[Date Prev][Date Next][Thread Prev][Thread Next][Date Index][Thread Index]

17827: (Hermantin)Miami-Herald-Haitian exiles aid beaten professor (fwd)

From: leonie hermantin <lhermantin@hotmail.com>

Posted on Sat, Jan. 10, 2004

Haitian exiles aid beaten professor
A Haitian university president who has become a rallying symbol for the
antigovernment movement there stops in Miami on his way to get treatment for
his broken legs. He vows to return.

He was the president of a university, trying to run one of the few bright
spots in a country on the verge of political collapse.

Then he had both of his legs broken with a metal bar during an
antigovernment student demonstration at the State University of Haiti in
Port-au-Prince, and Pierre-Marie Michel Paquiot unwittingly became the
latest rallying point in the growing discord over Haitian President
Jean-Bertrand Aristide.

Paquiot is a mathematician and physics professor once known mainly in
academic circles, but his name is now on the lips of anti-Aristide
protesters from Port-au-Prince to Miami.

''Frankly, I didn't think that this was going to happen,'' said Paquiot, who
has not been able to walk since he was attacked in the university's School
of Social Sciences in Port-au-Prince.

Paquiot, 55, arrived in Miami on Friday en route to New Orleans, where a
Weston-based Haitian group has arranged for him to receive rehabilitation
and follow-up medical treatment on both his legs at Touro Hospital. Doctors
in Haiti operated on both legs after the attack in hopes of repairing
ruptured tendons and major thigh muscles. He now has casts on both legs.


Dr. Aldy Castor, president of the Haitian Resource Development Foundation in
Weston, said he arranged the treatment with the help of Haitians in New
Orleans and the U.S. Embassy in Haiti because it was the humanitarian thing
to do.

Castor said he chose New Orleans because of its long history with Haiti.
Many Haitians migrated to the city during Haiti's war for independence
against France more than 200 years ago. Also, Paquiot has academic
relationships with some of Louisiana's scholars.

During a layover in Miami, Paquiot, who was pushed in a wheelchair around
Miami International Airport, recalled the Dec. 5 assault that propelled him
into the international spotlight during the latest clash between student
demonstrators and Aristide supporters in Haiti.

He said he went to the School of Social Science to mediate a confrontation
between student demonstrators and Aristide supporters who had broken down a
wall to enter the building. When he arrived, the site was surrounded by
police, and pro-government thugs were beating up students and firing at

'They were shooting. I was inside a room with some students. They got inside
the room with guns and started shooting at everybody and asking the students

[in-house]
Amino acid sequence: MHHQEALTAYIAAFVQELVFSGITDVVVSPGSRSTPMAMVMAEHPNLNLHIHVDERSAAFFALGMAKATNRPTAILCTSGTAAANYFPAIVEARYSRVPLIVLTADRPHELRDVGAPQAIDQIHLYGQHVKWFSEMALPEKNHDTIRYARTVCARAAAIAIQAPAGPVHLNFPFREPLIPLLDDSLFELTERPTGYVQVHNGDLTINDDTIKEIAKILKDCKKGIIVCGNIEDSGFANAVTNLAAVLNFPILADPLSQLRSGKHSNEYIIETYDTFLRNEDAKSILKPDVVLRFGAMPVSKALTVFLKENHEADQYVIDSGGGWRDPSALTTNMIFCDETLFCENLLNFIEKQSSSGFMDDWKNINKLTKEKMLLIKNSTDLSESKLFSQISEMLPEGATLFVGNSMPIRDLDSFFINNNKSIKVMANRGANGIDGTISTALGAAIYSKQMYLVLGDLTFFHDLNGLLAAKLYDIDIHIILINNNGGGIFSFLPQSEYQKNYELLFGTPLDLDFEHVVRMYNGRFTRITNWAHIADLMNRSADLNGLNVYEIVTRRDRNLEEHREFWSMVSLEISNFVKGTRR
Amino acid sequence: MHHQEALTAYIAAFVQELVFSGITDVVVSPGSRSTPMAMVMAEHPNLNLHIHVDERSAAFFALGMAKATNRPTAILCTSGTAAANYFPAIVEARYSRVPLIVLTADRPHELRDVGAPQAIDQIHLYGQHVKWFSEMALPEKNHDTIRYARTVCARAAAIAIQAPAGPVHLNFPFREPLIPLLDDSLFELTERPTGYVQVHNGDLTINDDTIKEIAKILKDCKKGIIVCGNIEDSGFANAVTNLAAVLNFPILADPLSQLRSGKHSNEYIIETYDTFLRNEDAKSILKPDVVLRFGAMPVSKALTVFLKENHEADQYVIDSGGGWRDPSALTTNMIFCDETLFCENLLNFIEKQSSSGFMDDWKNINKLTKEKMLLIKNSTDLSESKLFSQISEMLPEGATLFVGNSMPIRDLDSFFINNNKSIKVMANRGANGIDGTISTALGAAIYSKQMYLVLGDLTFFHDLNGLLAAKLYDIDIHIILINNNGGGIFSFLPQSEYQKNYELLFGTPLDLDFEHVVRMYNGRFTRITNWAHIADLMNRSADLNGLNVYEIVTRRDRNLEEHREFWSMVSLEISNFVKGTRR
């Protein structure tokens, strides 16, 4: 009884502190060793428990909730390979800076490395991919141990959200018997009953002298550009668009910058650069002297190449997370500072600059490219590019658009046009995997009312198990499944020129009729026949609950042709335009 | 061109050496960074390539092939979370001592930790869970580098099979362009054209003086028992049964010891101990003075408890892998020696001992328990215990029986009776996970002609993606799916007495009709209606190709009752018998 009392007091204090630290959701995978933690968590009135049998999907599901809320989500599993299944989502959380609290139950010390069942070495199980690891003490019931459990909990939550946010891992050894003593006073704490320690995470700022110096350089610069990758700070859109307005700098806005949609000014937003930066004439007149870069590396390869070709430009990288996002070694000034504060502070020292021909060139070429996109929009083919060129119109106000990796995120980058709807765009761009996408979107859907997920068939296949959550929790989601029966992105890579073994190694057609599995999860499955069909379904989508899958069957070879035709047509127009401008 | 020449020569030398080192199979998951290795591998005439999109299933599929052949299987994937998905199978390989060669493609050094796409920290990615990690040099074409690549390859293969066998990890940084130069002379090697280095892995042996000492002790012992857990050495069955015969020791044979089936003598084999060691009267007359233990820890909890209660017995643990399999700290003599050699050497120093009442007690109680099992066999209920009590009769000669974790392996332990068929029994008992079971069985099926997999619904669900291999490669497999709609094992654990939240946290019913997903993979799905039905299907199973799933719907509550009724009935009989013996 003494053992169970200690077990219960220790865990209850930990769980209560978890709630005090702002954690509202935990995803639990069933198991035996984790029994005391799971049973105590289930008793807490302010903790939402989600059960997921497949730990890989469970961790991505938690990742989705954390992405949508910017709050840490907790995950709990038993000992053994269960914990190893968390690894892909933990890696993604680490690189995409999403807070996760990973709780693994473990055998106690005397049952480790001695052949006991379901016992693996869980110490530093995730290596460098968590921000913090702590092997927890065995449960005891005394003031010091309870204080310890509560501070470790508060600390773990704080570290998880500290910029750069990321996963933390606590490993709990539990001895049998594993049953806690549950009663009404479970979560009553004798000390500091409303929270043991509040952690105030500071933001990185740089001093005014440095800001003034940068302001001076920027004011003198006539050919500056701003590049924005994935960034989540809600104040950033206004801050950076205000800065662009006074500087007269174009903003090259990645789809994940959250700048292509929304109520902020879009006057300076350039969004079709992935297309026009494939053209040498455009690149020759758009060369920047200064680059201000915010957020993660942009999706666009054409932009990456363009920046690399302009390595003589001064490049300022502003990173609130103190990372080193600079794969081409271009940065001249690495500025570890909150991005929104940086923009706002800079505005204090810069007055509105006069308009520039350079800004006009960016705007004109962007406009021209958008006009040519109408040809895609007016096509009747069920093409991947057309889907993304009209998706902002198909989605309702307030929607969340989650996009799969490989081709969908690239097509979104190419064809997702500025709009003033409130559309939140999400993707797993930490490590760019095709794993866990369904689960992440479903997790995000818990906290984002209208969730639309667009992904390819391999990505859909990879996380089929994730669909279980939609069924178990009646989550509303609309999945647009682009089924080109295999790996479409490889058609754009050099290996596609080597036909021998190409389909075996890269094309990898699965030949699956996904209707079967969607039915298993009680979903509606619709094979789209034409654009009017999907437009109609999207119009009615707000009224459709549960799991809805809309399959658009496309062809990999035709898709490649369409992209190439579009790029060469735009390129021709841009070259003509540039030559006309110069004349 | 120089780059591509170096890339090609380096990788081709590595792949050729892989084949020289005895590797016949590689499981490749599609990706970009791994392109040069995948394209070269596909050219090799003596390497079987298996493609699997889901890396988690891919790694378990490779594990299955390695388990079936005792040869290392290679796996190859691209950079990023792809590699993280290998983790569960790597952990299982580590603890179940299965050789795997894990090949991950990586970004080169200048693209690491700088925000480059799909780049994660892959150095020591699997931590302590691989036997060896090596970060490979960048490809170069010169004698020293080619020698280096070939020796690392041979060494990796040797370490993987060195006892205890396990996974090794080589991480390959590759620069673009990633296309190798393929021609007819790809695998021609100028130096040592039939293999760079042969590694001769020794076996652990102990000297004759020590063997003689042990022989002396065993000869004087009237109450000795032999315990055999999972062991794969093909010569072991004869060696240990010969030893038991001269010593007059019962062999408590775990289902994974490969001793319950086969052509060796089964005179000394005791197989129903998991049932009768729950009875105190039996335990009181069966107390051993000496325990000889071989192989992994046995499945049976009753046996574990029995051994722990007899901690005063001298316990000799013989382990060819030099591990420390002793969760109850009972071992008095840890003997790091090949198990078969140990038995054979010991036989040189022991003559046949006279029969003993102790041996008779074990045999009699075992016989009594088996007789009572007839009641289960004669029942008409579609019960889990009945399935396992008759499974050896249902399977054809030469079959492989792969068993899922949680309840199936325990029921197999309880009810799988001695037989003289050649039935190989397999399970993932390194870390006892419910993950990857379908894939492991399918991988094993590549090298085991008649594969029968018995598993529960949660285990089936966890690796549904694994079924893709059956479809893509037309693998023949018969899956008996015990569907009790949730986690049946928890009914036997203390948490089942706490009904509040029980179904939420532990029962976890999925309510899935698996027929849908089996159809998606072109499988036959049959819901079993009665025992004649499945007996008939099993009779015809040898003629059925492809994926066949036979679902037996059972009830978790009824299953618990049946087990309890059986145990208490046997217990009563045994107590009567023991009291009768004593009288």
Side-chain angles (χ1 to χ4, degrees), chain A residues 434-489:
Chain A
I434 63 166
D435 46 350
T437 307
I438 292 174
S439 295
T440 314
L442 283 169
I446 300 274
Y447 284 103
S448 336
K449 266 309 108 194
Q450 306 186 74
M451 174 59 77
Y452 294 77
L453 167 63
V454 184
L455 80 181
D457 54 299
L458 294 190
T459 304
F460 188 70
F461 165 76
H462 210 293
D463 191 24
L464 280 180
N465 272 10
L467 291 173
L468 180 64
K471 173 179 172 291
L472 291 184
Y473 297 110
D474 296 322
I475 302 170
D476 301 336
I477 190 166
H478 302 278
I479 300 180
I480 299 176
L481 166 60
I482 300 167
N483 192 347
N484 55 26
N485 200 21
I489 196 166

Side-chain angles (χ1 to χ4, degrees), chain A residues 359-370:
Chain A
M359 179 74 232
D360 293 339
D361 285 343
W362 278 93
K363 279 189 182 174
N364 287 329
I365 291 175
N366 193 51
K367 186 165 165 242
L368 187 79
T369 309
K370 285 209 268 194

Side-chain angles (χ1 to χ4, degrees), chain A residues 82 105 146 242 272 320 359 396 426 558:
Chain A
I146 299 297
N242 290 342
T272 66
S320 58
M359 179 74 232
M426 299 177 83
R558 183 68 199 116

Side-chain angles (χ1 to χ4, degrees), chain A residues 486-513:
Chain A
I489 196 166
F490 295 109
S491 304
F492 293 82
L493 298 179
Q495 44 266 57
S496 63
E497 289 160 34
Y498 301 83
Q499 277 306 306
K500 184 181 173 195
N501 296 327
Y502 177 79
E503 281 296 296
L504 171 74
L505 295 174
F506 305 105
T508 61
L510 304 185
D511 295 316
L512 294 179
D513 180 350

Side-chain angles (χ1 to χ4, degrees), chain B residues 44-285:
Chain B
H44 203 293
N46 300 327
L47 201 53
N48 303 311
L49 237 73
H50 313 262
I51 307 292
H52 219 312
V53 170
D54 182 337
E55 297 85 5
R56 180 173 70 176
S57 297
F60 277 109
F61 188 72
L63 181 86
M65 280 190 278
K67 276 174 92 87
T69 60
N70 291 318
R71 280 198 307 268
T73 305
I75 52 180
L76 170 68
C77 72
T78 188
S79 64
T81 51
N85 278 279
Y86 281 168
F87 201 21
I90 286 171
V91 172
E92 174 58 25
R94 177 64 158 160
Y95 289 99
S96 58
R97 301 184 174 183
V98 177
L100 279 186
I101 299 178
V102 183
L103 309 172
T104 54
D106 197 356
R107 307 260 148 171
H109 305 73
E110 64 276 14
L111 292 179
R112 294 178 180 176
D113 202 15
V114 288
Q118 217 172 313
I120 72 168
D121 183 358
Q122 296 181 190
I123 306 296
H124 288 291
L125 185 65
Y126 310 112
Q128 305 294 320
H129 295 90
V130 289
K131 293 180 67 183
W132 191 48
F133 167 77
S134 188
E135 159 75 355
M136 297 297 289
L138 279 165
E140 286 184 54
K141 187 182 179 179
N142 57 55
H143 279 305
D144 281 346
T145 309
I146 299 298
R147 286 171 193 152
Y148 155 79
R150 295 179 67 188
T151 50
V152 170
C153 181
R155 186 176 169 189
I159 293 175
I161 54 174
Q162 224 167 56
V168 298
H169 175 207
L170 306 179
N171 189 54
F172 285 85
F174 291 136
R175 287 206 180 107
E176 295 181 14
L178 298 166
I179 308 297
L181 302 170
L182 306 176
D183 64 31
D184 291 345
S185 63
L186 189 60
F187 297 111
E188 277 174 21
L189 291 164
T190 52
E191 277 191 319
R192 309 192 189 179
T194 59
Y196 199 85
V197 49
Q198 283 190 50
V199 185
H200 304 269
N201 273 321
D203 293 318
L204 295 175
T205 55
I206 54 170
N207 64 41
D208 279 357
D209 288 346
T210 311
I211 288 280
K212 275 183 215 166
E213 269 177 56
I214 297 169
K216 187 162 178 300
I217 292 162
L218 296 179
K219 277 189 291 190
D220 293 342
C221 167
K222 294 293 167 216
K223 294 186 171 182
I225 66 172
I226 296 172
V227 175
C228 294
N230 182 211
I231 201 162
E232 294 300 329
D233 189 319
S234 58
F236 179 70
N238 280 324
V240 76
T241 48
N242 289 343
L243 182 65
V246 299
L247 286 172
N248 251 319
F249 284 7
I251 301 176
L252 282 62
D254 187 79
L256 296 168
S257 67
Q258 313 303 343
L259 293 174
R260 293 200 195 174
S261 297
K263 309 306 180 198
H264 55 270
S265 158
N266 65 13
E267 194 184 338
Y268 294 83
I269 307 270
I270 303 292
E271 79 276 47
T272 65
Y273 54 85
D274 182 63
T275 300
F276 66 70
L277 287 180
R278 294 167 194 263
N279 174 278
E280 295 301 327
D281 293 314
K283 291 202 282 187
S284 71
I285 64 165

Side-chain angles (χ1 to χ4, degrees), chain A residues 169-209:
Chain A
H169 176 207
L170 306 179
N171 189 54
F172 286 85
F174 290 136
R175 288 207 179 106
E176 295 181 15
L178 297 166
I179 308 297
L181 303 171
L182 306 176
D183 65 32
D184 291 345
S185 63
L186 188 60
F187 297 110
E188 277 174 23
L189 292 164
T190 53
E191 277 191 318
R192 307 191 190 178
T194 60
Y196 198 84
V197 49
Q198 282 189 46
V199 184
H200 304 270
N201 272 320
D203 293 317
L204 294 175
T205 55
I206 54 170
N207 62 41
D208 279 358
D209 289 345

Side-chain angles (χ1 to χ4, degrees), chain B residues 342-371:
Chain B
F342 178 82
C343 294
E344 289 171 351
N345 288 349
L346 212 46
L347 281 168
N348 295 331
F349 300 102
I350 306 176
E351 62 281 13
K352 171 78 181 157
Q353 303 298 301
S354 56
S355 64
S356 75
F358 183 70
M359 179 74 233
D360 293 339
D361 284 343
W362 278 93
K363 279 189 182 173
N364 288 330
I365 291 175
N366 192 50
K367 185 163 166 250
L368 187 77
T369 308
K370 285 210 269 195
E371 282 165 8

to shout, `Long Live Aristide,' '' Paquiot said.

``I was hit but I didn't see who, because there were a lot of them. I fell

At one point, the thugs even attempted to throw Paquiot from an upper floor
of a building but were stopped.

Also injured during the attack was Paquiot's vice president for academic
affairs, Wilson Laleau.

Laleau, an economics professor, has been in Miami for two weeks getting
medical care and tests on injuries from a blow to the head. He said at least
30 of the 500 student demonstrators were injured.

At one point, Laleau said, an unidentified person tried to strangle him with
his own necktie and held a gun to his chest.

''All I could do was pray,'' Laleau said Friday at MIA, where he had gone to
greet Paquiot.

Government spokesmen in Haiti have said a commission is being formed to
investigate the events.

Amnesty International denounced the attacks, saying: ``The authorities have
to act quickly and decisively to bring those responsible to justice, so as
to break the cycle of impunity in Haiti.''

While the State University of Haiti has been closed since the protests, both
men say they plan to return because the university has to be the moral
authority in the country. The university has about 15,000 students and 11
schools. It is home to Haiti's oldest school -- the School of Law, founded
in 1863.


''When you attack the university, you attack the people you say you are
defending,'' Paquiot said of Aristide, whom he blames for the tensions in
the country.

``I am not going to say he is behind everything that has gone on, but he has
created such an atmosphere where people can do anything.''

The only thing that will bring change in Haiti, he said, is for Aristide to
leave power before his term expires in 2006.

''He has no vision for the country,'' Paquiot said. ``

Find high-speed ‘net deals — comparison-shop your local providers here.